What does the National Insurance hike mean for small businesses?
- If you’re an employer, the rate changes could make the process of hiring staff more expensive
- Looking ahead, you will likely need to cut back on other spending – such as defined contribution pensions – to fund the change.
Speaking in parliament on September 7, Boris Johnson revealed plans to increase National Insurance contributions by 1.25 percentage points from April 2022.
This will affect employees, employers, and the self-employed across the UK and is designed to fund the health and social care crisis following the pandemic.
As every small business owner knows, National Insurance is a tax paid by employers and employer earnings. It is automatically deducted from workers’ pay packets via the pay as you earn (PAYE) tax code, and goes straight to HM Revenues and Customs (HMRC).
Although the new social care reforms will apply only to England, the tax changes will affect the whole of the UK. But the income from the levy will be distributed across the four nations.
The increase will apply to:
- Class 1 (paid by employees)
- Class 4 (paid by self-employed)
- Secondary Class 1, 1A and 1B (paid by employers)
From April 2022:
- The current 12% rate on earnings between £9,564 and £50,268 will rise to 13.25%
- The current 2% rate on earnings over £50,268 will rise to 3.25%
- Employers will also have to pay more, contributing 15.05% in National Insurance on employees’ earnings over £170 per week, up from 13.8% now.
While newspaper headlines might refer to this as a 1.25% increase, the actual figure is an increase of 1.25 percentage points. However, the new rates actually amount to a 1.25% increase plus 9%.
The increase will not apply if you are over the State Pension age. If you’re an employer, the rate changes could make the process of hiring staff more expensive. Employers pay a percentage of Class 1 National Insurance for each employee, depending on how much they get paid. This could raise recruitment challenges or cause businesses to try to make savings elsewhere.
Another area the new rules will impact is employee benefits. As an employer, looking ahead, you will likely need to cut back on other spending – such as defined contribution pensions – to fund the change.
If you’re a sole trader, the increased rates will be felt harder than most. Paying taxes through Self Assessment means the rate is based on income after business expenses, so in reality it directly affects how much salary you can pay yourself.
You’ll pay Class 4 National Insurance contributions if your annual profit is more than £9,568 (2021/22 tax year).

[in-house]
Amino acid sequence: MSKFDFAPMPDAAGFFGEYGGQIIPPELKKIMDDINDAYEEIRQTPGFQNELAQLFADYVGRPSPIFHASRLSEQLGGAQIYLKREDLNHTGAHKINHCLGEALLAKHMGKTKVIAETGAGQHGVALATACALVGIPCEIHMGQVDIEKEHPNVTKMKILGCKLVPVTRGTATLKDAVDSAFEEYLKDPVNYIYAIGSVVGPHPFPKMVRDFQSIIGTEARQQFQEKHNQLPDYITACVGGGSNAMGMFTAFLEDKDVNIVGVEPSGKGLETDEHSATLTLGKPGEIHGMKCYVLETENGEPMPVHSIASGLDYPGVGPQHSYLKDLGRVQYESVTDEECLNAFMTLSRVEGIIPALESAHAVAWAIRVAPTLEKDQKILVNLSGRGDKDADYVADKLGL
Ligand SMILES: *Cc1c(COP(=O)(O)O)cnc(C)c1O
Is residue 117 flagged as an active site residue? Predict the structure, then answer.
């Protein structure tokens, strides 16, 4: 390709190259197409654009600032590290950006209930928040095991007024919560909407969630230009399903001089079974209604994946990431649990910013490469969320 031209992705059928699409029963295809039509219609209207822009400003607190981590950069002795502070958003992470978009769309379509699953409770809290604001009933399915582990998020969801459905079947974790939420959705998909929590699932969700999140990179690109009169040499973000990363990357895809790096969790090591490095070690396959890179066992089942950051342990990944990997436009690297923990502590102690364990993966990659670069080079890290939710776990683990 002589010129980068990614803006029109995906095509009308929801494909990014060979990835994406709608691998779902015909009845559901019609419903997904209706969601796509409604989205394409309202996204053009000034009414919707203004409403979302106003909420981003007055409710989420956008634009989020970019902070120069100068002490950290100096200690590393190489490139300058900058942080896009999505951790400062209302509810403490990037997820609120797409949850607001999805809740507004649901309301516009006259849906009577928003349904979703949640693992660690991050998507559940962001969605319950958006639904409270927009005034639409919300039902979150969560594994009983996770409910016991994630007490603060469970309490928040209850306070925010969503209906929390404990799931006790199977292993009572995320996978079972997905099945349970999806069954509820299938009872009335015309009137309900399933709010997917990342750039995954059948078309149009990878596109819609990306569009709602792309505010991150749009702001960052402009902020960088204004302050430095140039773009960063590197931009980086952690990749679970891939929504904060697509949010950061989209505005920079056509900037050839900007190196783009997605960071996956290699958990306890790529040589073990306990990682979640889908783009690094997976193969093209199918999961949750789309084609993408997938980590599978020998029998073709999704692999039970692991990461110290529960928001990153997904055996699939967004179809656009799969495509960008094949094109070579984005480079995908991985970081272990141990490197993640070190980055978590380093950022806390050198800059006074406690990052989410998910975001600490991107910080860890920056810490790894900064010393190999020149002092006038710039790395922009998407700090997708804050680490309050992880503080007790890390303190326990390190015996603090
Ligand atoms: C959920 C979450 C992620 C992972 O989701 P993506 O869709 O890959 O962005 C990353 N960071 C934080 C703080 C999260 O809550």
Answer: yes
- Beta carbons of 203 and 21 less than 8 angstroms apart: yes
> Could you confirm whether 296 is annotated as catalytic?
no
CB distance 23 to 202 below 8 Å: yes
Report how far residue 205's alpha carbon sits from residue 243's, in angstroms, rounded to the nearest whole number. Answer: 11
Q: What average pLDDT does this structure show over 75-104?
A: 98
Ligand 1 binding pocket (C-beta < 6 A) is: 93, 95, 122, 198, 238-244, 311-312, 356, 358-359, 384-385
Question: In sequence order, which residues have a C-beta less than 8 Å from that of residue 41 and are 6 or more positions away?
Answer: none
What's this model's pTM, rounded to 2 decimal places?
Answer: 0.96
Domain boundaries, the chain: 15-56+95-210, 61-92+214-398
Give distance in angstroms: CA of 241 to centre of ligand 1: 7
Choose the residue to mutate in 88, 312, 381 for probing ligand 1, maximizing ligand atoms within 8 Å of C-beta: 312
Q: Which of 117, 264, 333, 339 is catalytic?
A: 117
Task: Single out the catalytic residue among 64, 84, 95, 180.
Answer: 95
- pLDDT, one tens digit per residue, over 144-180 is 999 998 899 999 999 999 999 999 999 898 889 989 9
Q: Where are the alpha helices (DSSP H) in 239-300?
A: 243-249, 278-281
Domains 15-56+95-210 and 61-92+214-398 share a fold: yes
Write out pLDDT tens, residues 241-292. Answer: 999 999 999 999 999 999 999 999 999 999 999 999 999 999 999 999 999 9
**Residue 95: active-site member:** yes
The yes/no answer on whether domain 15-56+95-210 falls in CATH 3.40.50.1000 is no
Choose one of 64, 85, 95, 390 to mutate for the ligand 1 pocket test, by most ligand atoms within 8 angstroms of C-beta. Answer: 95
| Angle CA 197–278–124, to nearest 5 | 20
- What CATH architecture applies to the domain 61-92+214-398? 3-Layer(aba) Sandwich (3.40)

You’ll still lose an additional 1.25 pence for every £1 earned. Given you pay your own salary, a tax on earnings is therefore also a direct reduction of income.
The Levy will be paid by employed and self-employed individuals and partners earning above the Primary Threshold/Lower Profits Limit of £9,568 in 2021-22. In 2022-23, a typical basic rate taxpayer earning the median basic rate taxpayer’s income of £24,100 would be expected to pay an additional £180 and a typical higher rate taxpayer earning the median higher rate taxpayer’s income of £67,100 would be expected to pay an additional £715.
A salary sacrifice arrangement is a tax-efficient way to arrange contributions to your workplace pension, enabling you and your employees to pay lower National Insurance contributions. The National Insurance savings can be significant for employers.
Shareholders and directors hit by dividend tax rate rise
- The hike in dividend tax will hit anyone holding investments outside of a stocks and shares Isa
- Basic-rate taxpayers currently pay 7.5% on any dividends they get over the dividend allowance. From April 2022, this will rise to 8.75%
The government plans to increase dividend tax by 1.25 percentage points, which means investors will have to pay more on the money they get from owning company shares.
The announcement, made on September 7, came alongside proposals for a 1.25 percentage points change in National Insurance rates, and a watered-down state pension increase for retirees for the 2022-23 tax year.
The hike in dividend tax will hit anyone holding investments outside of a stocks and shares Isa, investors who have exceeded their dividend tax allowance and people who run their own businesses and pay themselves dividends.
Dividend taxes are paid on shares, and income you get from funds that invest in shares on your behalf.
In the 2021-22 tax year, you won’t need to pay any tax on dividend income on the first £2,000 you receive, under the tax-free dividend allowance. Above this allowance, you pay tax based on the rate you pay on your other income – known as your ‘tax band’ or sometimes called your ‘marginal tax rate’.